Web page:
Designing For Daylight
Adding lots of natural light to your new log and timber home can improve your mood as well as your energy bills.
Have you noticed how the newest shopping malls, schools and office buildings incorporate lots of natural daylight in their design? Walls of windows and clerestories (peaked roof sections equipped with windows) bring indirect sunlight deep into these buildings.
That’s because architects, engineers and social scientists have discovered we humans are drawn toward areas illuminated with daylight.
What’s more, we’re often happier and healthier when exposed to daylight on a regular basis, according to the experts at the Log and Timber Homes Council, which is part of the National Association of Home Builders.
Countless studies have proven that when we are exposed to natural light, we are happier and healthier. Students improve their concentration (and test scores), shoppers linger far longer in malls (and spend more) and office workers are far more productive (and miss fewer days of work) if their space is lit naturally.
You can follow the lead of these commercial designers when creating your new log and timber home. As an added benefit, day lighting can save you money on heating and cooling costs, create a more desirable home and even make you happier.
Daylight plays a profound role in our lives. It’s not something we often consciously realize, but the amount of daylight affects our moods, relationships, health and productivity. It allows people to be in touch with the rhythms of nature and the weather.
What’s more, having lots of window space can also help extend your living space, by bringing the outside in.
Sunny Side of Life
Because logs and timbers absorb light compared to the drywall in conventional housing, you need roughly twice the lumens to illuminate a log and timber home. You can dramatically reduce this cost during day light hours if you follow some basic design rules when planning your home.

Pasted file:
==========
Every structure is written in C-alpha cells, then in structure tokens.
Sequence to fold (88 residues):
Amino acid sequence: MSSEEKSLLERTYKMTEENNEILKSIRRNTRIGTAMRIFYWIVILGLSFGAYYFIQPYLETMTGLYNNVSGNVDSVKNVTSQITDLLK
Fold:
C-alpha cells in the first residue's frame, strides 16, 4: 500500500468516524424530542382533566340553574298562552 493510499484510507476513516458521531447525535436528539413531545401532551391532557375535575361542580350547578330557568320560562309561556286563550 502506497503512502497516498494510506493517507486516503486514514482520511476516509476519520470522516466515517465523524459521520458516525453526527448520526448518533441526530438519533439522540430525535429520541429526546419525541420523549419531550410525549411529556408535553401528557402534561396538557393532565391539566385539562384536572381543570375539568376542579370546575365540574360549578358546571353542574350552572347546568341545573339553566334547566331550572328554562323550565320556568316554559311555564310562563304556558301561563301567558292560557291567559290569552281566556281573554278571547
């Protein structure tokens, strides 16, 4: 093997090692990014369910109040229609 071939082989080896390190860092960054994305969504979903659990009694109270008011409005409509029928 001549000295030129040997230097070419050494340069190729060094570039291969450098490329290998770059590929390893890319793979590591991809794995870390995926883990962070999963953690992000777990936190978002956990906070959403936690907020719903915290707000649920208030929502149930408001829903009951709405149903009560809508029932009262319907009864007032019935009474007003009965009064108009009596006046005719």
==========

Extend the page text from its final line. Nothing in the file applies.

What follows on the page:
Start by analyzing your lifestyle and how your home’s orientation should relate to the path of sun. If you’re a morning person, then position the master suite on the eastern side to receive the morning light when you awake. Likewise, if you favor evenings, you may want to place your living space to face the west to take advantage of the setting sun.
Define how your home will interact with the positions of the compass. Your home will have at least four walls, so decide what areas will need light at what time of day.
During winter months, sunlight doesn’t have to be bright or strong to help heat your home. By installing tile flooring near south facing windows, your log walls and flooring will absorb heat and radiate it during evening hours.
You won’t get rich on this passive solar approach, but you will shave your heating costs. Perhaps the greatest satisfaction will come in knowing that you are consuming less energy, reducing fossil fuel use and carbon dioxide emissions.
Cool Day Lighting
Worried that you’ll suffer from heat and glare during summer months with a daylight friendly floor plan? Architects account for this with what’s known as “cool daylighting.” Designers control heat, glare and light with a variety of strategies that include:
- Carefully placing windows at an exact height to encourage sunlight to enter the home at an angle, striking the ceiling and diffusing deep into the floor plan.
- Extending overhangs or eaves, to protect the interior of the home from the midday sun’s hottest rays in the summer.
- Planting deciduous trees and shrubs near south-facing windows. This landscaping shades the home in summer months, but allows passive solar gain during the winter.
- Choosing “low-e,” windows, which will prevent glare from entering your home and interfering with TV watching or computer use.
People build log and timber homes typically in places where the vista is great. However, the placement of the window and your choice in window products will heavily influence whether your daylighting design is successful.
Experts recommends you budget more for energy-efficient windows in your home. The technology has come so far in the last six or eight years. It’s well worth the cost.
Choose Experienced Builder
Choose an experienced contractor or designer familiar with the rudiments of building science to ensure a daylight design will work for your home. Every building site is unique.
That’s why your builder should visit your site, preferably at different times of year, to understand how the topography of the land interacts with the sun’s path.
Some builders go as far as to create scale models to test concepts of daylighting and sun control.
If you’re really interested in daylighting design, get your builder involved as soon as possible—long before the development of construction drawings.